Whitney Palmer

Healthcare. Politics. Family.

Business Intelligence: Key to a Hospital’s Sustained Success

Published in the Aug. 10, 2011 Billian’s HealthData/Porter Research Hub e-newsletter

By Whitney L.J. Howell

Good patient outcomes might be the goal of healthcare, but the byproduct of these efforts is an avalanche of data. As healthcare reform implementation marches forward, providers are under increasing pressure to use collected information to improve quality and drive down costs.

But for an industry focused on diagnoses and plans of care for multiple service lines, aggregating, analyzing and repurposing patient data doesn’t come naturally. Some providers have, however, found a way to use these records to pinpoint spots for quality improvement, potential cost savings and enhanced patient care.

As a result, they are on target to abide by the mandates of the 2009 Patient Protection and Affordable Care Act and are better prepared for the advent of health information exchange (HIE) and accountable care organizations  (ACOs). They credit their successes with business intelligence (BI) solutions.

Make it Meaningful
Whether it’s a tool to create a cost-effective and efficient work place or one that measures physician performance through key indicators and metrics, BI solutions endeavor to help hospitals make decisions that will keep them competitive within the industry. Simply putting a BI system in place isn’t enough, however. Using these tools well requires a strong partnership between provider and vendor.

“In this reform era, business intelligence has given healthcare organizations a critical understanding of their performance in both cost and quality at both the individual encounter and episodes of care levels,” says Ken Lawonn, senior vice president of strategy and technology at Alegent Health, a faith-based health ministry that operates 11 facilities in Nebraska and southwestern Iowa. “In doing so, it’s useful to get outside expertise to assist you in developing your strategy and plan.”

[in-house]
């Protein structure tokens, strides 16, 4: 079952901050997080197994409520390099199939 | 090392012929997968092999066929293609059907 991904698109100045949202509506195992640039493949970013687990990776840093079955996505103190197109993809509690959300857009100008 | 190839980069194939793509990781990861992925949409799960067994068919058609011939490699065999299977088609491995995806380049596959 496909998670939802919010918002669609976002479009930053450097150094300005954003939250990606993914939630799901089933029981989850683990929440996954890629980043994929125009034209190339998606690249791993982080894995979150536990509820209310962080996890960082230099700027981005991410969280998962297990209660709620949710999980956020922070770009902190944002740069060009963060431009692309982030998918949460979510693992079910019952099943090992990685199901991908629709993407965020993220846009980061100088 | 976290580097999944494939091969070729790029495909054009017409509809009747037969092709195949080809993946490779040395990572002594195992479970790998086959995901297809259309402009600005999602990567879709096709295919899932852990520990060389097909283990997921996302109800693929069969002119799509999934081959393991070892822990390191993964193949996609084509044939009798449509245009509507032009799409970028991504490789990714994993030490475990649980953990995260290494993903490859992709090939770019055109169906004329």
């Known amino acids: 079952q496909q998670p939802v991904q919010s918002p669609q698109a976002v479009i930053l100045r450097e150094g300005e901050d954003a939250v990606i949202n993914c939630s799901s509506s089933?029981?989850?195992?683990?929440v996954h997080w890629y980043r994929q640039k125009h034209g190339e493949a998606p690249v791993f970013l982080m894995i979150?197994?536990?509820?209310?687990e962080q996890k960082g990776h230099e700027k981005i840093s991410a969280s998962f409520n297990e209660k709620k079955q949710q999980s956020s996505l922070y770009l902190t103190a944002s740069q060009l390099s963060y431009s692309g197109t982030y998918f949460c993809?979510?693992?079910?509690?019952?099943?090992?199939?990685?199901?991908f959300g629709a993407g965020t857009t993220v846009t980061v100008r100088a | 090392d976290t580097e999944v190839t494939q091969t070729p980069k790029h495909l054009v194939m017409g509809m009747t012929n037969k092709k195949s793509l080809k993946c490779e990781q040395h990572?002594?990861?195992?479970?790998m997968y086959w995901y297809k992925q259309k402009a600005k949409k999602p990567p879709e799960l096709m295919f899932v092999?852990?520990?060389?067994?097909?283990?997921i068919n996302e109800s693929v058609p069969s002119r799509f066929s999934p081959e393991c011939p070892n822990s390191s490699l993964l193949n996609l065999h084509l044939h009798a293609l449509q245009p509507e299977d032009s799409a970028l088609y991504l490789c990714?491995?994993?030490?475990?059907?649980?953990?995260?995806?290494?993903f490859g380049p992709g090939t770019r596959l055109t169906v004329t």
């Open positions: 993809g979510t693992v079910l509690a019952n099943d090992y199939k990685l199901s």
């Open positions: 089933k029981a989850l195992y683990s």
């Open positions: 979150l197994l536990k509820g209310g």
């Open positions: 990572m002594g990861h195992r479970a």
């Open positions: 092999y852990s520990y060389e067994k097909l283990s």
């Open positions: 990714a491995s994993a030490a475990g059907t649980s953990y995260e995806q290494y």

According to Lawonn, Alegent is laying the groundwork for using BI technologies. The health system is currently developing its data warehouse  – a repository for storing, integrating and, at a later date, accessing patient information. Its nascent data governance model and executive steering committee will help determine who in the system owns the data and how best to use it as an asset.

In addition to useful technology, Lawonn says providers must develop the data management, data administration, and business analytics skills that, to date, healthcare as an industry has been slow to adopt.

Other members of the industry, such as Arkansas Blue Cross and Blue Shield, are using medical and drug claims data, as well as provider information, to identify best practices opportunities for cutting costs and improving operations.

Lean on the Experts
Under the ACO model, set to launch in early 2012, facilities and providers will be equally responsible for patient outcomes. For this goal to become a reality, all parties must share information freely to enhance the care provided and avoid duplicating procedures that waste money and resources.

Electronic health records (EHR) will make this cooperation much easier. As the database responsible for storing patient information from all service lines, EHRs hold the details providers need to make system-wide decisions as ACOs, says Ken Perez, Senior Vice President for Marketing at MedeAnalytics, a California-based company that develops and delivers performance-management solutions to hospitals, physicians and payers. These records also play a role in supporting HIEs in the effort to limit costs, errors and delays in care.

Delving into data through EHRs will allow hospitals to set benchmarks for measures they wish to track. As talk of cost cutting and reducing Medicare reimbursement continues, Perez explains, it will be increasingly important for providers to show how well they are performing.